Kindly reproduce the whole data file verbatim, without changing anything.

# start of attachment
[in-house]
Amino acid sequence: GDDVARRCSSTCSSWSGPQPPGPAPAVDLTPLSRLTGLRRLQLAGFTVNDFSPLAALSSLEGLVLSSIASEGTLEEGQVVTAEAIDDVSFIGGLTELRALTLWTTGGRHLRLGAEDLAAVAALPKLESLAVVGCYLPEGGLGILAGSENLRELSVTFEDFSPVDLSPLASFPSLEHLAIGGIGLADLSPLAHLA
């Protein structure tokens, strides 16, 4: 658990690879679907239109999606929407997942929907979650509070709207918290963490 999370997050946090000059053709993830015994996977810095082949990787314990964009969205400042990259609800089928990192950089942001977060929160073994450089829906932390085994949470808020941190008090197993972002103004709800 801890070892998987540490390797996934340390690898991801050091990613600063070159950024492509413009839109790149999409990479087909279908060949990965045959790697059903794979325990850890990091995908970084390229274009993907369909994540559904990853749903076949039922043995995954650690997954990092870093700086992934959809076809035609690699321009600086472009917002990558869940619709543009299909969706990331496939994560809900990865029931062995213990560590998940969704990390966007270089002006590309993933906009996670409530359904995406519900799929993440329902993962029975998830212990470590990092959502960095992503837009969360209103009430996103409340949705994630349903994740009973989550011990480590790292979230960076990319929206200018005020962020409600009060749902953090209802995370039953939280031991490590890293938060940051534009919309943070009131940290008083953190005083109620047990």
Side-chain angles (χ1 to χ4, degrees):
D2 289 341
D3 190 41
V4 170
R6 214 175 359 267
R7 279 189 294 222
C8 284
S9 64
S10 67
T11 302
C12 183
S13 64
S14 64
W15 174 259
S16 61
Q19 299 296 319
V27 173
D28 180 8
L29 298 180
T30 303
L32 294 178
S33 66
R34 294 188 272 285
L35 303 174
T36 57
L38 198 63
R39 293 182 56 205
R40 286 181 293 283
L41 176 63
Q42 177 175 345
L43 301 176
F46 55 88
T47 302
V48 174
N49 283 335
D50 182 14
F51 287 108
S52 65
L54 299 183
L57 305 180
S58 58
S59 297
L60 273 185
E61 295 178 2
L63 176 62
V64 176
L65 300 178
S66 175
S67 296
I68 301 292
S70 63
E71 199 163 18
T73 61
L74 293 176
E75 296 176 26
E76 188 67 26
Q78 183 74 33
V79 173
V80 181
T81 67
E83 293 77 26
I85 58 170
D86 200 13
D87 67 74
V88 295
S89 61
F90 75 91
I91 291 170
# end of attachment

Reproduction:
[in-house]
Amino acid sequence: GDDVARRCSSTCSSWSGPQPPGPAPAVDLTPLSRLTGLRRLQLAGFTVNDFSPLAALSSLEGLVLSSIASEGTLEEGQVVTAEAIDDVSFIGGLTELRALTLWTTGGRHLRLGAEDLAAVAALPKLESLAVVGCYLPEGGLGILAGSENLRELSVTFEDFSPVDLSPLASFPSLEHLAIGGIGLADLSPLAHLA
């Protein structure tokens, strides 16, 4: 658990690879679907239109999606929407997942929907979650509070709207918290963490 999370997050946090000059053709993830015994996977810095082949990787314990964009969205400042990259609800089928990192950089942001977060929160073994450089829906932390085994949470808020941190008090197993972002103004709800 801890070892998987540490390797996934340390690898991801050091990613600063070159950024492509413009839109790149999409990479087909279908060949990965045959790697059903794979325990850890990091995908970084390229274009993907369909994540559904990853749903076949039922043995995954650690997954990092870093700086992934959809076809035609690699321009600086472009917002990558869940619709543009299909969706990331496939994560809900990865029931062995213990560590998940969704990390966007270089002006590309993933906009996670409530359904995406519900799929993440329902993962029975998830212990470590990092959502960095992503837009969360209103009430996103409340949705994630349903994740009973989550011990480590790292979230960076990319929206200018005020962020409600009060749902953090209802995370039953939280031991490590890293938060940051534009919309943070009131940290008083953190005083109620047990």
Side-chain angles (χ1 to χ4, degrees):
D2 289 341
D3 190 41
V4 170
R6 214 175 359 267
R7 279 189 294 222
C8 284
S9 64
S10 67
T11 302
C12 183
S13 64
S14 64
W15 174 259
S16 61
Q19 299 296 319
V27 173
D28 180 8
L29 298 180
T30 303
L32 294 178
S33 66
R34 294 188 272 285
L35 303 174
T36 57
L38 198 63
R39 293 182 56 205
R40 286 181 293 283
L41 176 63
Q42 177 175 345
L43 301 176
F46 55 88
T47 302
V48 174
N49 283 335
D50 182 14
F51 287 108
S52 65
L54 299 183
L57 305 180
S58 58
S59 297
L60 273 185
E61 295 178 2
L63 176 62
V64 176
L65 300 178
S66 175
S67 296
I68 301 292
S70 63
E71 199 163 18
T73 61
L74 293 176
E75 296 176 26
E76 188 67 26
Q78 183 74 33
V79 173
V80 181
T81 67
E83 293 77 26
I85 58 170
D86 200 13
D87 67 74
V88 295
S89 61
F90 75 91
I91 291 170